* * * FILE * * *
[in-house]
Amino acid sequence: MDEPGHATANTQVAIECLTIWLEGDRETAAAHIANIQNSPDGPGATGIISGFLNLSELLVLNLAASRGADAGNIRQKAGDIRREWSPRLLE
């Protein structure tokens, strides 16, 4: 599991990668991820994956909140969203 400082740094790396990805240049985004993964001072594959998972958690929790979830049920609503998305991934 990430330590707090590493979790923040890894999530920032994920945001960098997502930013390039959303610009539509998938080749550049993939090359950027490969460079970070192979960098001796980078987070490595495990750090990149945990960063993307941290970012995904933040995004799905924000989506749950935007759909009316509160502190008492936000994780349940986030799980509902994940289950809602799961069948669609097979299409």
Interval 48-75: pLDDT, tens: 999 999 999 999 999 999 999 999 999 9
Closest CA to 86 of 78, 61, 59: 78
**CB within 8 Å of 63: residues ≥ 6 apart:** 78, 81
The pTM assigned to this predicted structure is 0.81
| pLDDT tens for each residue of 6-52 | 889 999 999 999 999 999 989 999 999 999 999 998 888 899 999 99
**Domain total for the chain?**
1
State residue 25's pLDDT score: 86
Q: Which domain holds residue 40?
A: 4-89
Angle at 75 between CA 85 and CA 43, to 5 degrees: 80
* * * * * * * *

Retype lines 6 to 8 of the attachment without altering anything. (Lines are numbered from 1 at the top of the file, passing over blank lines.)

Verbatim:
**CB within 8 Å of 63: residues ≥ 6 apart:** 78, 81
The pTM assigned to this predicted structure is 0.81
| pLDDT tens for each residue of 6-52 | 889 999 999 999 999 999 989 999 999 999 999 998 888 899 999 99